Some of the most common questions we get on the process is “how long did it take?” For us it was 6 months of the home study where you learn all about adoption and do interviews with a social worker. After that you wait. The waiting is hard, I’m not going to lie. I think the most difficult part is that it’s entirely out of your hands. You could wait just a few short weeks or a few long years, however long it takes until the right birth mom connects with your book. We would contact our agency on a monthly basis and they would tell us that a birth mom had looked at our book that month, or sometimes they would say there were no viewings. So you begin to second guess everything, especially the contents of your profile book. Should we have left out the photo of our dog? What if the birth mom is afraid of dogs? In the end we decided we could only be us, and we had to let the universe work its magic. After 7 months of waiting we got ‘the call’. It will always live as one of the most vivid memories of our lives. Rebecca remembers looking down at her phone and seeing the words “South Carolina” which she interpreted as either bad, or amazing news!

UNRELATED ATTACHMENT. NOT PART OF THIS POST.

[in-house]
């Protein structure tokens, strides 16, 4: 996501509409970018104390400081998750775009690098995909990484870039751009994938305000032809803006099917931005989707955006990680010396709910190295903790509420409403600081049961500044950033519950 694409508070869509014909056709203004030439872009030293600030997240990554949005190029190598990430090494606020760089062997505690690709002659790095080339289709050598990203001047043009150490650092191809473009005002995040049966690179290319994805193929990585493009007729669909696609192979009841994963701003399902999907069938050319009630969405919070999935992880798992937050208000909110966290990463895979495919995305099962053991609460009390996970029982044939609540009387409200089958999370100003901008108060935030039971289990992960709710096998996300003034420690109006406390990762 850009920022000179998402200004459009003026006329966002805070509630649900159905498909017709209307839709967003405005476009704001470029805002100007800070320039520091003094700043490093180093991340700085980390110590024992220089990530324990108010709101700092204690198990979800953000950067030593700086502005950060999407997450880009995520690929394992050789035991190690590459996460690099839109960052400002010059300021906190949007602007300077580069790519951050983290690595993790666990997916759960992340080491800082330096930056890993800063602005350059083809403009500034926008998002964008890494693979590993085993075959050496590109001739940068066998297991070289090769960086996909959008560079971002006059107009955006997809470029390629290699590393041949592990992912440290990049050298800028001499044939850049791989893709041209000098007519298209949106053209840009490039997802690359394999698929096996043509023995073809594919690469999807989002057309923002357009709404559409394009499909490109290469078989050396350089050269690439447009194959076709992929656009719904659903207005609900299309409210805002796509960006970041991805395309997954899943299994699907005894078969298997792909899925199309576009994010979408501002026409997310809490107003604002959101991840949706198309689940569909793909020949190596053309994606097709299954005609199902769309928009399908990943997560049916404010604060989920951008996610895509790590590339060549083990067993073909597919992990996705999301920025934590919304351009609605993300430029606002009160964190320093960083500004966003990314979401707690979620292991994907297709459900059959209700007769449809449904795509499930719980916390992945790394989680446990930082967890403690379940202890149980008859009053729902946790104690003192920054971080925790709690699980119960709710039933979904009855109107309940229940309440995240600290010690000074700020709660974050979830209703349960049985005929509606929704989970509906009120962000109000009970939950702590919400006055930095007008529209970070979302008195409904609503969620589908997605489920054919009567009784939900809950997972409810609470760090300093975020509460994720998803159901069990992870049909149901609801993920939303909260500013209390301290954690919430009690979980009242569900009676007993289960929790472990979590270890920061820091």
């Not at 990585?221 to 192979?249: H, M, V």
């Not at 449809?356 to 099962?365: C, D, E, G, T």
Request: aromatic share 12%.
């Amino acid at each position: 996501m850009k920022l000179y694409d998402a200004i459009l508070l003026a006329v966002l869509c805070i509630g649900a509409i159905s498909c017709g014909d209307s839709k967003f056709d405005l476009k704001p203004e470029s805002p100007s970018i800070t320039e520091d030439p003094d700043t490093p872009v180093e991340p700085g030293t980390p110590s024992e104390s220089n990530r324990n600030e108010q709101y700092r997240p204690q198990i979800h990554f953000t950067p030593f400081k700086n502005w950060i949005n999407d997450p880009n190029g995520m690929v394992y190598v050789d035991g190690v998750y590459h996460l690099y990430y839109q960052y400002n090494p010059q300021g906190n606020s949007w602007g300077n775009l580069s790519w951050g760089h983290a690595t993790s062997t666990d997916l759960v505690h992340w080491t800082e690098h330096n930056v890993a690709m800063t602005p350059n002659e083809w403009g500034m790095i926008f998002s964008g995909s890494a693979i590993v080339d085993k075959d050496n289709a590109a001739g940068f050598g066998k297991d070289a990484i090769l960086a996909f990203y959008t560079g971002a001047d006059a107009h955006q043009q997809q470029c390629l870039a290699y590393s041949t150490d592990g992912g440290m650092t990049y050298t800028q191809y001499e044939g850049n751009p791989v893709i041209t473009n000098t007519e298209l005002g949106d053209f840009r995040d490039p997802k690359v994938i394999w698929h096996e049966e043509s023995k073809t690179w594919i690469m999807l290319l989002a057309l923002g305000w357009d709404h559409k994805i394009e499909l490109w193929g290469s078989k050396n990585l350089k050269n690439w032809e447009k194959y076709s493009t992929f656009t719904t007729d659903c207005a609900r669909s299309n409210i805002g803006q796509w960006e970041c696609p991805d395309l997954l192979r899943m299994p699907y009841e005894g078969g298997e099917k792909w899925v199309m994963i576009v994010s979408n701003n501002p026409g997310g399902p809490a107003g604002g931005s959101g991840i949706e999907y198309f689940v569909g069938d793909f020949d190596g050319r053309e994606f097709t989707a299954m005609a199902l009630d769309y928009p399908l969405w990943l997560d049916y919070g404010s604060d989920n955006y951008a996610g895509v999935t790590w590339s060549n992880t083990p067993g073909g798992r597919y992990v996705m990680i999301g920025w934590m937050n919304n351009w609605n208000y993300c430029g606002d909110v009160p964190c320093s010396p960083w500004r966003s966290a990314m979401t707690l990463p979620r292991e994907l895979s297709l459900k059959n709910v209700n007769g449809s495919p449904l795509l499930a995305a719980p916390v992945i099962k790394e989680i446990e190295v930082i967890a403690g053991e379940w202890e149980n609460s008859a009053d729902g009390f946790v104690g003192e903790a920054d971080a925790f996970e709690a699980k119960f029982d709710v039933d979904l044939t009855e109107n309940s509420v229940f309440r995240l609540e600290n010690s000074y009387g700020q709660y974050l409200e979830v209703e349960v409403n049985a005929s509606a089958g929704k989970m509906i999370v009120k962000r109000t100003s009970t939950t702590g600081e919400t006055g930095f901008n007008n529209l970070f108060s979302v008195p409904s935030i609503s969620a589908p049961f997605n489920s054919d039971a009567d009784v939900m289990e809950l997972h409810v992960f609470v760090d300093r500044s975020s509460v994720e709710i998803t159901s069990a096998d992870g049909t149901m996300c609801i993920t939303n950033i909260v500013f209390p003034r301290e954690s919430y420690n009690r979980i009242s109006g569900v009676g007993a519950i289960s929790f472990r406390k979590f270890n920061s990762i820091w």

The adoption counsellor from the States called Rebecca while she was at work to say that a birth mom had seen our profile book and had chosen us. She burst into tears. Within hours we were reading our Birth Mother’s profile, learning everything that the agency had learned about her life and family. In it she spoke about how she wanted her baby to have a mom and a dad. And that Mike reminded her of her dad. We both read the profile with tears in our eyes and felt a connection already. Who was this young girl who loved this little baby so much that she made this adoption plan? A few days later we spoke to our birth mom by phone as she was on her way to a doctor’s appointment. Her first words to us in her Southern accent were “Hi Y’all”. We loved her instantly. We only talked for a few minutes but it felt so comfortable so quickly. In the call she had only one request, that we have an open adoption that included updates so she could know her baby was doing ok.